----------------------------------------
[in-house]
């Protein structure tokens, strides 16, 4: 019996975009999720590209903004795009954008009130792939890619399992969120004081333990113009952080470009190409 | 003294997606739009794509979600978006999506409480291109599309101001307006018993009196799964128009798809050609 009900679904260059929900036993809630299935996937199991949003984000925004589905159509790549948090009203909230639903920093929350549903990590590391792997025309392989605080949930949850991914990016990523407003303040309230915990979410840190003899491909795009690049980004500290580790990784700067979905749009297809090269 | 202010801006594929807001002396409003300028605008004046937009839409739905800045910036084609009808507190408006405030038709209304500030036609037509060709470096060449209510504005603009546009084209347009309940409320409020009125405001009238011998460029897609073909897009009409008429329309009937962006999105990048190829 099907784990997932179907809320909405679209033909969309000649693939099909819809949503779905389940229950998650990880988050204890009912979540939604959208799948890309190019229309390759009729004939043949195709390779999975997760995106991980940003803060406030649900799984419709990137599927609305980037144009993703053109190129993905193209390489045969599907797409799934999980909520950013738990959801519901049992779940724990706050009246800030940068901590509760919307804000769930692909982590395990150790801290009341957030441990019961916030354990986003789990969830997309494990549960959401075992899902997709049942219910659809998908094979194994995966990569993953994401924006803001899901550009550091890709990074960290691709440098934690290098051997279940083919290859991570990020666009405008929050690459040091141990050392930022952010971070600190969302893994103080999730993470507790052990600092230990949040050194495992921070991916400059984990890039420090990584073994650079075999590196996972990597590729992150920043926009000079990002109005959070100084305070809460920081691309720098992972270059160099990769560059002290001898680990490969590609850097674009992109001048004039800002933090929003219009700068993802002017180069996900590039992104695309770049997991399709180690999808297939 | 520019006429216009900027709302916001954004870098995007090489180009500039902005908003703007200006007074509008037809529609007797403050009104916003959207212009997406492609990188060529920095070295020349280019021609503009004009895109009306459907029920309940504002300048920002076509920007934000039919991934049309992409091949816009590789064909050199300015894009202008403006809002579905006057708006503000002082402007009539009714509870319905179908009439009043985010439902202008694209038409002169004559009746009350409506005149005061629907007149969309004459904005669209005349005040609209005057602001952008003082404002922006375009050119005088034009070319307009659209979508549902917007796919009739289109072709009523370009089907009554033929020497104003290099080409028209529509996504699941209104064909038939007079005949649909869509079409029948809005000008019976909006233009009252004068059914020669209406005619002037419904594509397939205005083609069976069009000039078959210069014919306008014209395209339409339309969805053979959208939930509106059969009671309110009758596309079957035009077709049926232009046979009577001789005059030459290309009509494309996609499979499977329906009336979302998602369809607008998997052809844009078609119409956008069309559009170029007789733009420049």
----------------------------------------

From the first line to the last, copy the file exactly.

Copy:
[in-house]
């Protein structure tokens, strides 16, 4: 019996975009999720590209903004795009954008009130792939890619399992969120004081333990113009952080470009190409 | 003294997606739009794509979600978006999506409480291109599309101001307006018993009196799964128009798809050609 009900679904260059929900036993809630299935996937199991949003984000925004589905159509790549948090009203909230639903920093929350549903990590590391792997025309392989605080949930949850991914990016990523407003303040309230915990979410840190003899491909795009690049980004500290580790990784700067979905749009297809090269 | 202010801006594929807001002396409003300028605008004046937009839409739905800045910036084609009808507190408006405030038709209304500030036609037509060709470096060449209510504005603009546009084209347009309940409320409020009125405001009238011998460029897609073909897009009409008429329309009937962006999105990048190829 099907784990997932179907809320909405679209033909969309000649693939099909819809949503779905389940229950998650990880988050204890009912979540939604959208799948890309190019229309390759009729004939043949195709390779999975997760995106991980940003803060406030649900799984419709990137599927609305980037144009993703053109190129993905193209390489045969599907797409799934999980909520950013738990959801519901049992779940724990706050009246800030940068901590509760919307804000769930692909982590395990150790801290009341957030441990019961916030354990986003789990969830997309494990549960959401075992899902997709049942219910659809998908094979194994995966990569993953994401924006803001899901550009550091890709990074960290691709440098934690290098051997279940083919290859991570990020666009405008929050690459040091141990050392930022952010971070600190969302893994103080999730993470507790052990600092230990949040050194495992921070991916400059984990890039420090990584073994650079075999590196996972990597590729992150920043926009000079990002109005959070100084305070809460920081691309720098992972270059160099990769560059002290001898680990490969590609850097674009992109001048004039800002933090929003219009700068993802002017180069996900590039992104695309770049997991399709180690999808297939 | 520019006429216009900027709302916001954004870098995007090489180009500039902005908003703007200006007074509008037809529609007797403050009104916003959207212009997406492609990188060529920095070295020349280019021609503009004009895109009306459907029920309940504002300048920002076509920007934000039919991934049309992409091949816009590789064909050199300015894009202008403006809002579905006057708006503000002082402007009539009714509870319905179908009439009043985010439902202008694209038409002169004559009746009350409506005149005061629907007149969309004459904005669209005349005040609209005057602001952008003082404002922006375009050119005088034009070319307009659209979508549902917007796919009739289109072709009523370009089907009554033929020497104003290099080409028209529509996504699941209104064909038939007079005949649909869509079409029948809005000008019976909006233009009252004068059914020669209406005619002037419904594509397939205005083609069976069009000039078959210069014919306008014209395209339409339309969805053979959208939930509106059969009671309110009758596309079957035009077709049926232009046979009577001789005059030459290309009509494309996609499979499977329906009336979302998602369809607008998997052809844009078609119409956008069309559009170029007789733009420049």